This is a great question.
Where do you get yours?
I often quote a piece of Warren Ellis bloggery where he tells us that part of the job of being a writer "is to stare off into the distance to think about what's next." Okay, it's not really a quote - more of a paraphrase but it gets the job done. It worked well enough in my day job and it's really true.
That's why us writer-types like windows in our writing spaces, as I mentioned on Monday. We need to be able to unfocus our eyes, let the brain go wild and roam about the countryside of our imagination. The input that may or may not be with us (and I'm thinking primarily of auditory input: music, TV, sounds of nature, etc...) is going to help us find the 'happy place' where ideas are gathered in herds, grazing the fertile fields of the possible.
If you've read anything about the creative mind, you've come across similar things that are equally ludicrous when you think about it. But to take that metaphor just a little further, the fields that ideas are grazing in are filled with grasses that are actually our own experiences. That's the fuel that fires the imagination. That and asking one of the two most important questions in the world:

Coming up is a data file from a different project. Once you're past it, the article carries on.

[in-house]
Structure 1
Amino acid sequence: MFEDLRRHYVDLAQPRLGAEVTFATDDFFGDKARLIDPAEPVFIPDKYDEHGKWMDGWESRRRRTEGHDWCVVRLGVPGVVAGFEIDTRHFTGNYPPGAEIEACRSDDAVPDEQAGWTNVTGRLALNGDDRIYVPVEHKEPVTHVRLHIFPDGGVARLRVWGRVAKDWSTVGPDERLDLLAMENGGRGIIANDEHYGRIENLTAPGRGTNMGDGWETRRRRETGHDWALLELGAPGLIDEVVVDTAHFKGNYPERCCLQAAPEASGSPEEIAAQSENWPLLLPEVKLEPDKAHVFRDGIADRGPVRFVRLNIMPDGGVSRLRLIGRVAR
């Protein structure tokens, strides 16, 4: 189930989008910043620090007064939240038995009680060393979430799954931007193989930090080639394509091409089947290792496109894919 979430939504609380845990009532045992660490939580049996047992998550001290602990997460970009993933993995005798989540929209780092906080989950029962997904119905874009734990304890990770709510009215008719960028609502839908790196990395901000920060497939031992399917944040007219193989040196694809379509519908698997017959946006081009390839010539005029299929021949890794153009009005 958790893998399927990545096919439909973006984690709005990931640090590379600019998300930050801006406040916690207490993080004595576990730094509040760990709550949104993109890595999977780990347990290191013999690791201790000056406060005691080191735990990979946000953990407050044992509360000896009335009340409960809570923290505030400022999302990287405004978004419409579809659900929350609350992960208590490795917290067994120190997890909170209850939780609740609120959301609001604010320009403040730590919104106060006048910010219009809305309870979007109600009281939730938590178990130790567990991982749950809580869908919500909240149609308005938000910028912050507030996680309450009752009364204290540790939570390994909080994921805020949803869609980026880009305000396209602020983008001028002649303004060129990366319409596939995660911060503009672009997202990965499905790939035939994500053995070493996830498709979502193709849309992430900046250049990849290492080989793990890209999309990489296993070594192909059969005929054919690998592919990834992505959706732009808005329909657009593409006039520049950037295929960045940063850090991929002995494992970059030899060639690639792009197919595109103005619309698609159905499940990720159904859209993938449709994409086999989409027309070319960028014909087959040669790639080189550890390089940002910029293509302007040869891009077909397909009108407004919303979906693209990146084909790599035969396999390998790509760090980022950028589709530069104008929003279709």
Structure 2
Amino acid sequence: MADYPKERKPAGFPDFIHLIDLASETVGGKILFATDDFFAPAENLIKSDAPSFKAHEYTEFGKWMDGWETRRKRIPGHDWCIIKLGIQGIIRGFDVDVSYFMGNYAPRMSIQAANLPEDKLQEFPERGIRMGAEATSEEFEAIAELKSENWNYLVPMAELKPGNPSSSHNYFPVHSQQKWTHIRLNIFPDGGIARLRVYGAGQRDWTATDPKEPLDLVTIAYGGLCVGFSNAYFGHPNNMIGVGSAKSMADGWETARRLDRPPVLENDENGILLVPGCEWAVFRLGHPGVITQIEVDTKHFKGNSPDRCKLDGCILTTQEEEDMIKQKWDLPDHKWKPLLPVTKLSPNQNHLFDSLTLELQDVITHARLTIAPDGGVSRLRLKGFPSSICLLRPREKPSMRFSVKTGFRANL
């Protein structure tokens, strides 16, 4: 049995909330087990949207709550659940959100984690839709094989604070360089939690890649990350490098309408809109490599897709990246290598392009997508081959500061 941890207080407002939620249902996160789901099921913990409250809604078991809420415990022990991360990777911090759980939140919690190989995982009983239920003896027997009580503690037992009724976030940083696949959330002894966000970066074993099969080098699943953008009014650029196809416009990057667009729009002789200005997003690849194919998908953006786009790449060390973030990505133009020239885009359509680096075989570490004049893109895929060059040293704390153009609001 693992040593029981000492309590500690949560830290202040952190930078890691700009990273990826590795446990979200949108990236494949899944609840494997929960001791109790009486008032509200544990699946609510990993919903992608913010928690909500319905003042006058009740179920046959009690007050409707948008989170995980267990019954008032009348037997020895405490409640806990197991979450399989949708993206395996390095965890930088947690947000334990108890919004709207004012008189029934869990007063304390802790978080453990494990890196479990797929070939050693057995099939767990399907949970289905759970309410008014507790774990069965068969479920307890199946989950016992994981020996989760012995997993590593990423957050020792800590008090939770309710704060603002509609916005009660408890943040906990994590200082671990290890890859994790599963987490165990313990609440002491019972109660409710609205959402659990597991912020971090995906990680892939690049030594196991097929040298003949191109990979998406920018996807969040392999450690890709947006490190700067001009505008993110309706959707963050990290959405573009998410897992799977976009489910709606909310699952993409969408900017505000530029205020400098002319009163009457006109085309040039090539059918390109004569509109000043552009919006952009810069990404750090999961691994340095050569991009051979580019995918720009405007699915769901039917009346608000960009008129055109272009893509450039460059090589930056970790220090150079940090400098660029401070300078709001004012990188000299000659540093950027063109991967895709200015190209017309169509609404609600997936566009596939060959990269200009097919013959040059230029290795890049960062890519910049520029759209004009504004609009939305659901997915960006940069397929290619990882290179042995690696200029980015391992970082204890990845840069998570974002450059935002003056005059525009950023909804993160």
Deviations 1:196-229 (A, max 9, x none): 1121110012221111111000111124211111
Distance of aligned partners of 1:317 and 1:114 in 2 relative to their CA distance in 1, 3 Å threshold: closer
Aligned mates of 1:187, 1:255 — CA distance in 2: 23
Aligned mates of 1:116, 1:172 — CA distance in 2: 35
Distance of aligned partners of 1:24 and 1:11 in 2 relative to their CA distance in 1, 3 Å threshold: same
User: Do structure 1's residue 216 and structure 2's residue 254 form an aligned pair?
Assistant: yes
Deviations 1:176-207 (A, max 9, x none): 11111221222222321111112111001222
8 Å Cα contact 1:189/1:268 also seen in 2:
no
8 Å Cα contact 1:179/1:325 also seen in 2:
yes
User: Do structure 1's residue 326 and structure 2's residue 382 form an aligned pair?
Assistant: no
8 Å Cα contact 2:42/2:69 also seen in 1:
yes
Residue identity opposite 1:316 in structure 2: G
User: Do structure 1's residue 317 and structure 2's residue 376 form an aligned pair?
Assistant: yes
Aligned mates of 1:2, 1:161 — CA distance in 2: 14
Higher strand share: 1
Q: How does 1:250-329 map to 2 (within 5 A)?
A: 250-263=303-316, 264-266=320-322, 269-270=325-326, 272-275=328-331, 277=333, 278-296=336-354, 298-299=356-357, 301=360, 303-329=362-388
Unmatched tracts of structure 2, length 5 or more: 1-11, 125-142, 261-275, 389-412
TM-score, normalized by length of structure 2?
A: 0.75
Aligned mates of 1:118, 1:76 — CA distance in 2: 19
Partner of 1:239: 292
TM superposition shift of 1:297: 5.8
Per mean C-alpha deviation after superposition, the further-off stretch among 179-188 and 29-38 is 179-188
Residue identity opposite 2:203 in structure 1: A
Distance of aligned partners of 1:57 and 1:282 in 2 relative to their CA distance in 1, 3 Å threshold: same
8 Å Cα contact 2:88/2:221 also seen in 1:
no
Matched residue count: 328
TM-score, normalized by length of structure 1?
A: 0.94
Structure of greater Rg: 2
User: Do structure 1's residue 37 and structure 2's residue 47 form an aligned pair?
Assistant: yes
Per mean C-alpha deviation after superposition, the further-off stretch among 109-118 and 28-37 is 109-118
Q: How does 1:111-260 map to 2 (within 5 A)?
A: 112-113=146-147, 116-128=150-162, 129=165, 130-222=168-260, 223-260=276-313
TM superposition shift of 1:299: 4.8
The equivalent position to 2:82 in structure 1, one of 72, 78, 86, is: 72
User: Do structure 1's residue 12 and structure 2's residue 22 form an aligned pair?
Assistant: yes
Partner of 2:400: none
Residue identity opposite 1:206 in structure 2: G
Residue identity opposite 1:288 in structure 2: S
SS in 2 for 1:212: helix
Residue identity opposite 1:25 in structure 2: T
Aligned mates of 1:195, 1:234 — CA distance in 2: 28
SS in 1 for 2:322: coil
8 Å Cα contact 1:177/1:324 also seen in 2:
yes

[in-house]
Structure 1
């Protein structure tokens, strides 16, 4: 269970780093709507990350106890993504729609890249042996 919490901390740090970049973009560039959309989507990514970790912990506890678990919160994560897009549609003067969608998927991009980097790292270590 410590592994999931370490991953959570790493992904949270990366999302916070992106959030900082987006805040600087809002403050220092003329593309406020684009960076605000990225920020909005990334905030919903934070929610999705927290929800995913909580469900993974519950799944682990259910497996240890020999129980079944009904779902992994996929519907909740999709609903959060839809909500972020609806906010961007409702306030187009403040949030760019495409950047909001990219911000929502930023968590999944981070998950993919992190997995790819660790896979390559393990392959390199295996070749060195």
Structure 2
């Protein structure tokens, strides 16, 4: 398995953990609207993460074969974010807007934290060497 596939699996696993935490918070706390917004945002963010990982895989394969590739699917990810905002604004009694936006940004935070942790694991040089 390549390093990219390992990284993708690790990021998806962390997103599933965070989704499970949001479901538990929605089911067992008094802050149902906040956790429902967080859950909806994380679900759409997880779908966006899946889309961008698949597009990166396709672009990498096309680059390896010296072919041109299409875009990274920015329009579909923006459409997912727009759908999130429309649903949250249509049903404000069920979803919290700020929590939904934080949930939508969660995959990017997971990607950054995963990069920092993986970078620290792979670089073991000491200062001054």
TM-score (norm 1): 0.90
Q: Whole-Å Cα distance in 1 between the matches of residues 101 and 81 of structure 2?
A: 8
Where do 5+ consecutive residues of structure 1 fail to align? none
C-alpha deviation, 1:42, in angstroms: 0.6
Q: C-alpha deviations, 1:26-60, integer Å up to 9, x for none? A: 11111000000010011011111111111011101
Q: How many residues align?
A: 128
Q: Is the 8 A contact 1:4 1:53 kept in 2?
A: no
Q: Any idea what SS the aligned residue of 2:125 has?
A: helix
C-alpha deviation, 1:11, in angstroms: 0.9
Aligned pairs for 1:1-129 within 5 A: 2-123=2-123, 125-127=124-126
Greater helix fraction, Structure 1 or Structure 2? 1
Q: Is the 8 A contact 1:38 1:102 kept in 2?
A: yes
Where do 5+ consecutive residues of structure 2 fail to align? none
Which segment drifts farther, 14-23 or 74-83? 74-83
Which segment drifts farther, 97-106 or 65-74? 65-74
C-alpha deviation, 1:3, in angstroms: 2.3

Have you ever thought about --- ?
Which are really just variations of one another but for me they spur different patterns of thinking.
"What if" is the beginning question. The one that spooks the herd and gets it moving, like the gallimimus flock in Jurassic Park.
"Have you ever thought about ---" is the leading question that I have to ask myself once I've gotten into the story. Even the characters will ask themselves this sometimes. Once I've got a starting point, asking this one becomes more important because it can then alternate with "What if" at every stage of development of story and character.
It also works in real life for a day job as you're considering decisions that must be made.
So this strange intersection of "What if" and "What then" are connected not just by their beginning words but also by the word "and" in this particular case. This word can also function as a question of the leading variety. "This happened," I write, then I write some more. "This happened next then all of a sudden this happened." (As an aside, I never use the phrase 'all of a sudden'.) So now I'm stuck.
Then what? Have you ever thought about ---?
See how that works?
So if you ask me where I get my ideas, I'll tell they show up because I ask questions. Or they're buried somewhere in a stampeding flock of bits of things that charge around the veldt. Or the prairie. Whatever.
Use your imagination.